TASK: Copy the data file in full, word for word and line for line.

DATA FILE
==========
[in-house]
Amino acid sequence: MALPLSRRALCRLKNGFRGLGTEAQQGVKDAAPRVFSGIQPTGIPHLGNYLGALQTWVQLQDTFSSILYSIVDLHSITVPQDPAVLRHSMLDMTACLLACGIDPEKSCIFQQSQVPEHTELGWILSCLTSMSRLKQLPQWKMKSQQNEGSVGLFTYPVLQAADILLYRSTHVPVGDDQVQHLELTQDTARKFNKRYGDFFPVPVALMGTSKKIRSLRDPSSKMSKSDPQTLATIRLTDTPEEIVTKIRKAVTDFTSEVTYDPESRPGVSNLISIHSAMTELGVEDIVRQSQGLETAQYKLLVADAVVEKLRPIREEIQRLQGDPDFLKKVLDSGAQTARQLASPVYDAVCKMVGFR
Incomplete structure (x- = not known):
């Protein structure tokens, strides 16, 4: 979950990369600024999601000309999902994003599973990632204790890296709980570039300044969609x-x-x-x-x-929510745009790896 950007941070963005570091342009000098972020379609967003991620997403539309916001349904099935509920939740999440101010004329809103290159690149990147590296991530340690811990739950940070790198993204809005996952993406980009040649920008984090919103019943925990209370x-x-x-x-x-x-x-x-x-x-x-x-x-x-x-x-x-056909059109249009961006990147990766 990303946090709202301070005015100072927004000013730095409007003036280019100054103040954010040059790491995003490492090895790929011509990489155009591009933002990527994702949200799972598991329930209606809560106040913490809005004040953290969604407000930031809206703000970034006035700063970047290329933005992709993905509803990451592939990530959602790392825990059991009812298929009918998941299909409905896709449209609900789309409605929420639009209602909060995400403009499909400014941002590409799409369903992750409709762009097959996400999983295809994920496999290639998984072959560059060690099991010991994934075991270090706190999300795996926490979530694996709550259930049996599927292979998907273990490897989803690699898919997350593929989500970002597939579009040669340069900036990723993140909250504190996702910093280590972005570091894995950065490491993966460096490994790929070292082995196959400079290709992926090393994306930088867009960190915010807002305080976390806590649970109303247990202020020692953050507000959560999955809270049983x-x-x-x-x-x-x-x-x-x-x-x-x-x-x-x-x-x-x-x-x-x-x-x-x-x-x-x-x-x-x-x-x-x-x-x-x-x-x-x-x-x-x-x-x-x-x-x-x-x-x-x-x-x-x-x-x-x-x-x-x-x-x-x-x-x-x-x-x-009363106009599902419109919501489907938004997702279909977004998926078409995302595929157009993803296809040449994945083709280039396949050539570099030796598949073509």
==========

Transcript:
[in-house]
Amino acid sequence: MALPLSRRALCRLKNGFRGLGTEAQQGVKDAAPRVFSGIQPTGIPHLGNYLGALQTWVQLQDTFSSILYSIVDLHSITVPQDPAVLRHSMLDMTACLLACGIDPEKSCIFQQSQVPEHTELGWILSCLTSMSRLKQLPQWKMKSQQNEGSVGLFTYPVLQAADILLYRSTHVPVGDDQVQHLELTQDTARKFNKRYGDFFPVPVALMGTSKKIRSLRDPSSKMSKSDPQTLATIRLTDTPEEIVTKIRKAVTDFTSEVTYDPESRPGVSNLISIHSAMTELGVEDIVRQSQGLETAQYKLLVADAVVEKLRPIREEIQRLQGDPDFLKKVLDSGAQTARQLASPVYDAVCKMVGFR
Incomplete structure (x- = not known):
């Protein structure tokens, strides 16, 4: 979950990369600024999601000309999902994003599973990632204790890296709980570039300044969609x-x-x-x-x-929510745009790896 950007941070963005570091342009000098972020379609967003991620997403539309916001349904099935509920939740999440101010004329809103290159690149990147590296991530340690811990739950940070790198993204809005996952993406980009040649920008984090919103019943925990209370x-x-x-x-x-x-x-x-x-x-x-x-x-x-x-x-x-056909059109249009961006990147990766 990303946090709202301070005015100072927004000013730095409007003036280019100054103040954010040059790491995003490492090895790929011509990489155009591009933002990527994702949200799972598991329930209606809560106040913490809005004040953290969604407000930031809206703000970034006035700063970047290329933005992709993905509803990451592939990530959602790392825990059991009812298929009918998941299909409905896709449209609900789309409605929420639009209602909060995400403009499909400014941002590409799409369903992750409709762009097959996400999983295809994920496999290639998984072959560059060690099991010991994934075991270090706190999300795996926490979530694996709550259930049996599927292979998907273990490897989803690699898919997350593929989500970002597939579009040669340069900036990723993140909250504190996702910093280590972005570091894995950065490491993966460096490994790929070292082995196959400079290709992926090393994306930088867009960190915010807002305080976390806590649970109303247990202020020692953050507000959560999955809270049983x-x-x-x-x-x-x-x-x-x-x-x-x-x-x-x-x-x-x-x-x-x-x-x-x-x-x-x-x-x-x-x-x-x-x-x-x-x-x-x-x-x-x-x-x-x-x-x-x-x-x-x-x-x-x-x-x-x-x-x-x-x-x-x-x-x-x-x-x-009363106009599902419109919501489907938004997702279909977004998926078409995302595929157009993803296809040449994945083709280039396949050539570099030796598949073509």